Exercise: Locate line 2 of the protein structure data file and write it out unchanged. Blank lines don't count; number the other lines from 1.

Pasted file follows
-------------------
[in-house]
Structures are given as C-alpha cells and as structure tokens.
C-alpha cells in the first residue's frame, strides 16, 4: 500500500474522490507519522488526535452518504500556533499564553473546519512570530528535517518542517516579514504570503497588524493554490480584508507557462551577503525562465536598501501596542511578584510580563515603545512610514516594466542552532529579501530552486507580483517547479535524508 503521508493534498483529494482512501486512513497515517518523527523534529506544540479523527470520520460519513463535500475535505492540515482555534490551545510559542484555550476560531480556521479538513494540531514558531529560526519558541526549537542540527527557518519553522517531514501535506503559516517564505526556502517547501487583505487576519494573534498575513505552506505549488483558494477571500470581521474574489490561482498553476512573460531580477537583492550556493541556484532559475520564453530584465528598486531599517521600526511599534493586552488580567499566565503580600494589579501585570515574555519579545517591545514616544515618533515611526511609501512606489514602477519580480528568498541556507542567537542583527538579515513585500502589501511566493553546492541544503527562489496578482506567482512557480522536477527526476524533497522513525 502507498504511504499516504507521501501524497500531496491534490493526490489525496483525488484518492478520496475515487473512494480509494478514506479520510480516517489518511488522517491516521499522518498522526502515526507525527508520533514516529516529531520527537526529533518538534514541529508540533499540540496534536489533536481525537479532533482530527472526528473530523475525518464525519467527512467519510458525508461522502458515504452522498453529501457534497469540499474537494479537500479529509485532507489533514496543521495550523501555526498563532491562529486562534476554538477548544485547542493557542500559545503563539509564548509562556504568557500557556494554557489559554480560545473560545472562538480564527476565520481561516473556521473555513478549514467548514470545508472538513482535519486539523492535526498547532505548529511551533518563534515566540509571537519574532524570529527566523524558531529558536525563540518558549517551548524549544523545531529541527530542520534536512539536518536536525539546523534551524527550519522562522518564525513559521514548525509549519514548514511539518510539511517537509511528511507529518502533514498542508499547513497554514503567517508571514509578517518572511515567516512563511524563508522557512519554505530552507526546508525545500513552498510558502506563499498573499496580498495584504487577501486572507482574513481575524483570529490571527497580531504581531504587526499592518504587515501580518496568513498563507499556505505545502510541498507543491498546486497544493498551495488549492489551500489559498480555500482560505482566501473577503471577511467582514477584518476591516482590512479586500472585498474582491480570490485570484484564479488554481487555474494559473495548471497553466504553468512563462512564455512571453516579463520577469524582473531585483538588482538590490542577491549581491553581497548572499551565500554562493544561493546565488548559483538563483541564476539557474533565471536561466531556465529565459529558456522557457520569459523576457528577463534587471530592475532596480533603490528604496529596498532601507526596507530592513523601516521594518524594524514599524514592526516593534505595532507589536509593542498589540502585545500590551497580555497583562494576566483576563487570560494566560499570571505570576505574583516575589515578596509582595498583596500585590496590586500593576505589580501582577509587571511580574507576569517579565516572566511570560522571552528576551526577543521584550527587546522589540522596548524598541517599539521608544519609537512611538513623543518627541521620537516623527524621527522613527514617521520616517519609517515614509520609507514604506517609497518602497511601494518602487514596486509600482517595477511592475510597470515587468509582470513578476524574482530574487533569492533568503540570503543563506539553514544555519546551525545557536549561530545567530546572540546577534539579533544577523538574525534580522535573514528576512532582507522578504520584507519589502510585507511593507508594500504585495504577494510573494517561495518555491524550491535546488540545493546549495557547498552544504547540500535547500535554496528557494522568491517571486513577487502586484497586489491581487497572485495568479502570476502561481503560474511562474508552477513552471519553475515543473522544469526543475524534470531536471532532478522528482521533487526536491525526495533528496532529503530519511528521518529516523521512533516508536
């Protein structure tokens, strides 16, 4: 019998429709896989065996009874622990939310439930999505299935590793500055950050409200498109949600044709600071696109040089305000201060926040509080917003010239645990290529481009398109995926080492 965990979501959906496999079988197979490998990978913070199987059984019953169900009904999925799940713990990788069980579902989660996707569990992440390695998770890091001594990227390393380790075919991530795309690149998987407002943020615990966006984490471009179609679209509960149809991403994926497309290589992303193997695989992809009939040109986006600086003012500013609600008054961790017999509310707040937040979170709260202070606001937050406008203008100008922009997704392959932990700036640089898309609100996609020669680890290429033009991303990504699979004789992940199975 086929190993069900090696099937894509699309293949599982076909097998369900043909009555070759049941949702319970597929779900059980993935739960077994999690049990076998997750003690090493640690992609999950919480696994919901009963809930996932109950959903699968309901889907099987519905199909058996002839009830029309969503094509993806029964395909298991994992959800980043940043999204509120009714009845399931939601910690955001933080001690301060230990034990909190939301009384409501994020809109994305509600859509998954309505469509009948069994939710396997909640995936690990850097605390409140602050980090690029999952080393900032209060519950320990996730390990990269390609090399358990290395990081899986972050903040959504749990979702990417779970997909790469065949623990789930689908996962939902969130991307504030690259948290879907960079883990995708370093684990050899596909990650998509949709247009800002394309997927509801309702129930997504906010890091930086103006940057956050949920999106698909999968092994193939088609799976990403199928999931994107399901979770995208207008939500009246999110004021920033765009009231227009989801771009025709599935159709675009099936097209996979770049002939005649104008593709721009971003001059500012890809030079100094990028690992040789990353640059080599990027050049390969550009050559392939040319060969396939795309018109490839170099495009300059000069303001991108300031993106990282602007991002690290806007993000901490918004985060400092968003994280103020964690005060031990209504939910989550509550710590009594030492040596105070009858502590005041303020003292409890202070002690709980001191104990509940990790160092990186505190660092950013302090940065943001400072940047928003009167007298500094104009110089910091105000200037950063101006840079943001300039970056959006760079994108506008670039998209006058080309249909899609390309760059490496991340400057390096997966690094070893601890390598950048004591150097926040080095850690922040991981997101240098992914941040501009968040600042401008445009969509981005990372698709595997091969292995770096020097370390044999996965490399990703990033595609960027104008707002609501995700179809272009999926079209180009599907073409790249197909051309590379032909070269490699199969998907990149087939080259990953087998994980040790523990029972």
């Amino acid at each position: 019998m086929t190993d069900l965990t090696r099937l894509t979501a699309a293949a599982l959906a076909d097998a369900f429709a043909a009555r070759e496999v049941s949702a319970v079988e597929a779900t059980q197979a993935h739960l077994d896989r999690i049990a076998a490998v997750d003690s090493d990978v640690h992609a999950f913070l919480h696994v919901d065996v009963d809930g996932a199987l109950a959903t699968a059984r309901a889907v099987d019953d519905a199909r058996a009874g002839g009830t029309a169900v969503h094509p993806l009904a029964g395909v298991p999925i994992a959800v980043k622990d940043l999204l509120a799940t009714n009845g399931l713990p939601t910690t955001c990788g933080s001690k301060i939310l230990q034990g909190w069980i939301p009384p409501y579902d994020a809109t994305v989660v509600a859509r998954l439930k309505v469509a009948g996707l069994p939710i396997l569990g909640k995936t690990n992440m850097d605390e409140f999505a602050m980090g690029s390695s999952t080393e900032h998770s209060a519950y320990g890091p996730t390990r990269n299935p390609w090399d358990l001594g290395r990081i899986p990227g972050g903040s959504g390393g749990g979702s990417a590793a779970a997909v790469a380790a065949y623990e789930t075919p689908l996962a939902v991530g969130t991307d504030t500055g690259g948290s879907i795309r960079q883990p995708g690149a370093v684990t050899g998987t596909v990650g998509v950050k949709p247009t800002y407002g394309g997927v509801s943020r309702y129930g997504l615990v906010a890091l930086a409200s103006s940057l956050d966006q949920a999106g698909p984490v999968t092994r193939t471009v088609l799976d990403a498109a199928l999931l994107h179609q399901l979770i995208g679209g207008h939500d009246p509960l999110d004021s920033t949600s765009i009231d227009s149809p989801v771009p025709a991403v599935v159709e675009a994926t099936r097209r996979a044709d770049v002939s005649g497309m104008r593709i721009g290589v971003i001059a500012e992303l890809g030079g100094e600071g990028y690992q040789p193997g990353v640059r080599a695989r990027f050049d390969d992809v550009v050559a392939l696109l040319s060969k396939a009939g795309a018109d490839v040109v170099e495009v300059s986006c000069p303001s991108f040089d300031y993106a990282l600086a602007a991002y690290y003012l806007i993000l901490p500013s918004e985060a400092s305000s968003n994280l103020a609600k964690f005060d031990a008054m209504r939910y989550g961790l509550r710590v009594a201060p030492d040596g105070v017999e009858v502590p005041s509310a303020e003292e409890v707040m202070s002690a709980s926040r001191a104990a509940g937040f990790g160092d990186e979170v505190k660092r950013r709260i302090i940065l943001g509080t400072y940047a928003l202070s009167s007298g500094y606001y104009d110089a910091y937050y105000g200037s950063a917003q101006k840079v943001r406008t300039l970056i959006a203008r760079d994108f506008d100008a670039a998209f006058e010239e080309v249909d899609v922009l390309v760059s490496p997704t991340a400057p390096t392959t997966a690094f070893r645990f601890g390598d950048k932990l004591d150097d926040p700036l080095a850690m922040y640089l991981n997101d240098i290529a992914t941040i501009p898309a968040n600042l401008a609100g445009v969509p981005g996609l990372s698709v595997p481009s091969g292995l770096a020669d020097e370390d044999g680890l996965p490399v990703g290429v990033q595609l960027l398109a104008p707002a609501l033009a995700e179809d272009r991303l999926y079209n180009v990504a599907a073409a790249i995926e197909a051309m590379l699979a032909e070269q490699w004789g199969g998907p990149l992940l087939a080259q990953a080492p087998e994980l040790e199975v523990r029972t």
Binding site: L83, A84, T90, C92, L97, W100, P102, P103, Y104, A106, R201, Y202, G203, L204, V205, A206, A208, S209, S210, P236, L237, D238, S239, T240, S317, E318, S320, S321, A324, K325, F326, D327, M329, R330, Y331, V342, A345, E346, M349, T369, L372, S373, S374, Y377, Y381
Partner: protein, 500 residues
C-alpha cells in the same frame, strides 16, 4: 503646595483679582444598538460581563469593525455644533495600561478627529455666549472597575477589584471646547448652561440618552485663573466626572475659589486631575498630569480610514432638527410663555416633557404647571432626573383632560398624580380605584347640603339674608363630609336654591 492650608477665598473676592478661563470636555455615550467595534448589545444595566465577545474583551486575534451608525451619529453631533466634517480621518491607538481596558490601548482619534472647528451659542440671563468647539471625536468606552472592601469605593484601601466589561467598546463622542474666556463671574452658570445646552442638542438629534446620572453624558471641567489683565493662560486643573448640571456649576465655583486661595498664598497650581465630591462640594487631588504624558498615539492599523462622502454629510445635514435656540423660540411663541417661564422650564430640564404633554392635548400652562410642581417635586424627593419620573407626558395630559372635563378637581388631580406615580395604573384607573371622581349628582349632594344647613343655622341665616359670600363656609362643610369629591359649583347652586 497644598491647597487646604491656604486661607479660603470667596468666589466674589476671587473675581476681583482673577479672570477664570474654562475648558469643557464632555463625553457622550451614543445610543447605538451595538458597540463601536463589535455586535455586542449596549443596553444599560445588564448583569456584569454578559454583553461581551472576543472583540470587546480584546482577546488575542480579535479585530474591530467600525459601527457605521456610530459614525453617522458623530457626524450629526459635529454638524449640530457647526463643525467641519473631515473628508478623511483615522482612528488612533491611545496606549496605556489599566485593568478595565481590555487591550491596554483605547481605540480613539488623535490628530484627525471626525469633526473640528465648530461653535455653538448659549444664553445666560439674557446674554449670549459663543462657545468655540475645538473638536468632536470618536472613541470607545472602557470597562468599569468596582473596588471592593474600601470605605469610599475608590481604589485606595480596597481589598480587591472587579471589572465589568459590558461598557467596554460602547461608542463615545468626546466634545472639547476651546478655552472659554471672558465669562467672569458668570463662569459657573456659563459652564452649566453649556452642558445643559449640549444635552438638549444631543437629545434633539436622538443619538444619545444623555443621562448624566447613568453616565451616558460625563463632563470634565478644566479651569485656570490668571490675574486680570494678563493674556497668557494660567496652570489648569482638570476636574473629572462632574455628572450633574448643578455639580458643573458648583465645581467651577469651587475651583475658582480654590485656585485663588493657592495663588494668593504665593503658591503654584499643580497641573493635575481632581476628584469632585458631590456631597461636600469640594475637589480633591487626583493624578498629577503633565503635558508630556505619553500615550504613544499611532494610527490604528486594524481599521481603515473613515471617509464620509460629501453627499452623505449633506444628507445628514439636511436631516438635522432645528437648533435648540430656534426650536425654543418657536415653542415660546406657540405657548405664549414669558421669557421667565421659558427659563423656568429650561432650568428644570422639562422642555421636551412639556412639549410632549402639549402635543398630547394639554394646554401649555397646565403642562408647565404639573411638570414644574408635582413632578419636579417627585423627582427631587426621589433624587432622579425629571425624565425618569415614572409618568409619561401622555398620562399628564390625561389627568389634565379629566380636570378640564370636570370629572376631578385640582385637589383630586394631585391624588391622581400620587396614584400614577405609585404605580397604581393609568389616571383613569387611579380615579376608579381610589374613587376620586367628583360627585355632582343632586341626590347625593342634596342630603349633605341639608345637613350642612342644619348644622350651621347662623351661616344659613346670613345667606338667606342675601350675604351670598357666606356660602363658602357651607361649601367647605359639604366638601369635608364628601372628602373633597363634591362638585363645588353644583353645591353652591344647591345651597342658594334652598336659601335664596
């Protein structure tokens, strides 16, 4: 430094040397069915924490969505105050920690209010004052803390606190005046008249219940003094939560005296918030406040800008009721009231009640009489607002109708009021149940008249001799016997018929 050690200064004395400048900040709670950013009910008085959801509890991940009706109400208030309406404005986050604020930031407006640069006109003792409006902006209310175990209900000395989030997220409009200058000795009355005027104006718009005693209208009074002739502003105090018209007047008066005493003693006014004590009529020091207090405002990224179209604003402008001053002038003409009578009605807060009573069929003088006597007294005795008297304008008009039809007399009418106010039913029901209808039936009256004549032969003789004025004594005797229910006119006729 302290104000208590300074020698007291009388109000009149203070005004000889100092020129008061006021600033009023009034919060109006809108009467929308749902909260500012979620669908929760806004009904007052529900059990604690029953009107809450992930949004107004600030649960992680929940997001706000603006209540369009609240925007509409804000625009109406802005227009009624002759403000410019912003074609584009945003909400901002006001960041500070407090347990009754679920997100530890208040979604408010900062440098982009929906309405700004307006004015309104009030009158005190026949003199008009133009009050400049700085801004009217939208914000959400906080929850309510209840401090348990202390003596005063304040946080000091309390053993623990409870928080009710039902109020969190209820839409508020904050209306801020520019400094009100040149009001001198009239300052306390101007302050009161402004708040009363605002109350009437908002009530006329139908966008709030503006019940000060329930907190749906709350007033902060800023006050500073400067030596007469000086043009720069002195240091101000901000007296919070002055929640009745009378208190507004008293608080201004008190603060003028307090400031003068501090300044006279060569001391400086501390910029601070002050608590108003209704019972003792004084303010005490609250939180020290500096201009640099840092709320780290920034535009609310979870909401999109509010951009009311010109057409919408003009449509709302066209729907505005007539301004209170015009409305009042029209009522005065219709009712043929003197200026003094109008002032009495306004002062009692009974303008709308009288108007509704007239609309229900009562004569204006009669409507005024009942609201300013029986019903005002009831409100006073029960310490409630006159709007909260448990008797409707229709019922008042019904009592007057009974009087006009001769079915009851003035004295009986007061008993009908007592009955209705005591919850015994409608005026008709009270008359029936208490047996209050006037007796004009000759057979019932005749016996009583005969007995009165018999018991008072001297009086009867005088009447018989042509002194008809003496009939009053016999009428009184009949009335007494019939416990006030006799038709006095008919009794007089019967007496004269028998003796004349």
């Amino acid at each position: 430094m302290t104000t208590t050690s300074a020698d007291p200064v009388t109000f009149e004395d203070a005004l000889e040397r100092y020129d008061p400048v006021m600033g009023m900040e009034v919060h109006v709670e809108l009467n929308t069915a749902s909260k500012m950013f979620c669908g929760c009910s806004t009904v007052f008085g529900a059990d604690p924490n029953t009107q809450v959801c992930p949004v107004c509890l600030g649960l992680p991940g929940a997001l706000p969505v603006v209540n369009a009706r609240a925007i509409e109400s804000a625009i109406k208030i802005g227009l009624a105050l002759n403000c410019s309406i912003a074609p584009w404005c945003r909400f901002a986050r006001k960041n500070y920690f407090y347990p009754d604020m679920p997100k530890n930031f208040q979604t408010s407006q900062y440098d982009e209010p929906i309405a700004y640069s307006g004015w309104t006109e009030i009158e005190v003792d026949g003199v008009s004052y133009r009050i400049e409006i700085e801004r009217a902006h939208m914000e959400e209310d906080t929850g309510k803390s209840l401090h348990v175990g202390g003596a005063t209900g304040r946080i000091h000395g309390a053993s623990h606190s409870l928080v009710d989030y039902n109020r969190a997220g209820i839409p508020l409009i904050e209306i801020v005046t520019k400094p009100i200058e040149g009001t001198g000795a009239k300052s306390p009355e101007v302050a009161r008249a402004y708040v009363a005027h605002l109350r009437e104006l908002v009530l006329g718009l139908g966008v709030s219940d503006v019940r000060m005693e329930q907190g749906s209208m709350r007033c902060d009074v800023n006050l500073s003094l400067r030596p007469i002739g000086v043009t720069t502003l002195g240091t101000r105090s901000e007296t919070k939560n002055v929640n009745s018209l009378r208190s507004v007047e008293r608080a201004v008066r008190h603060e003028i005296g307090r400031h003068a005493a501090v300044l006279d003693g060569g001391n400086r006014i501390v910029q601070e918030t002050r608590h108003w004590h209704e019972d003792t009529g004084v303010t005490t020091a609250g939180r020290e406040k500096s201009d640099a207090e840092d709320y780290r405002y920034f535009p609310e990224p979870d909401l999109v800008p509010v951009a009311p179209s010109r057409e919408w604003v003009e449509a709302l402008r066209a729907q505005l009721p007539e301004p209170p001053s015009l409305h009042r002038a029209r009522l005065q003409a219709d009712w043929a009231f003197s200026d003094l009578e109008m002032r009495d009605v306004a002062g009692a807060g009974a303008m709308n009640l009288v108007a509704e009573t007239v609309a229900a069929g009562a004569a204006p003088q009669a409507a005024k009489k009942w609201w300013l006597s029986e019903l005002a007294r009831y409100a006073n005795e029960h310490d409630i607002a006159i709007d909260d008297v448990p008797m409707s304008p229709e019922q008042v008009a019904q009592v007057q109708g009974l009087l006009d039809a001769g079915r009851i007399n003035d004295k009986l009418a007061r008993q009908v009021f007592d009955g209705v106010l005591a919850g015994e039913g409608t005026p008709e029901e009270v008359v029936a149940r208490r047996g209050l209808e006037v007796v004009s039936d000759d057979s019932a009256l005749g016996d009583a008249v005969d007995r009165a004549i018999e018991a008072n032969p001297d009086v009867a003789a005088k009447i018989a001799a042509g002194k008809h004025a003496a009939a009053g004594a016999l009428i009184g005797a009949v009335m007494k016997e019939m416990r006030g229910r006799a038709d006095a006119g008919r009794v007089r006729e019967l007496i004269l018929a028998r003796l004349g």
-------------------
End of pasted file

Structures are given as C-alpha cells and as structure tokens.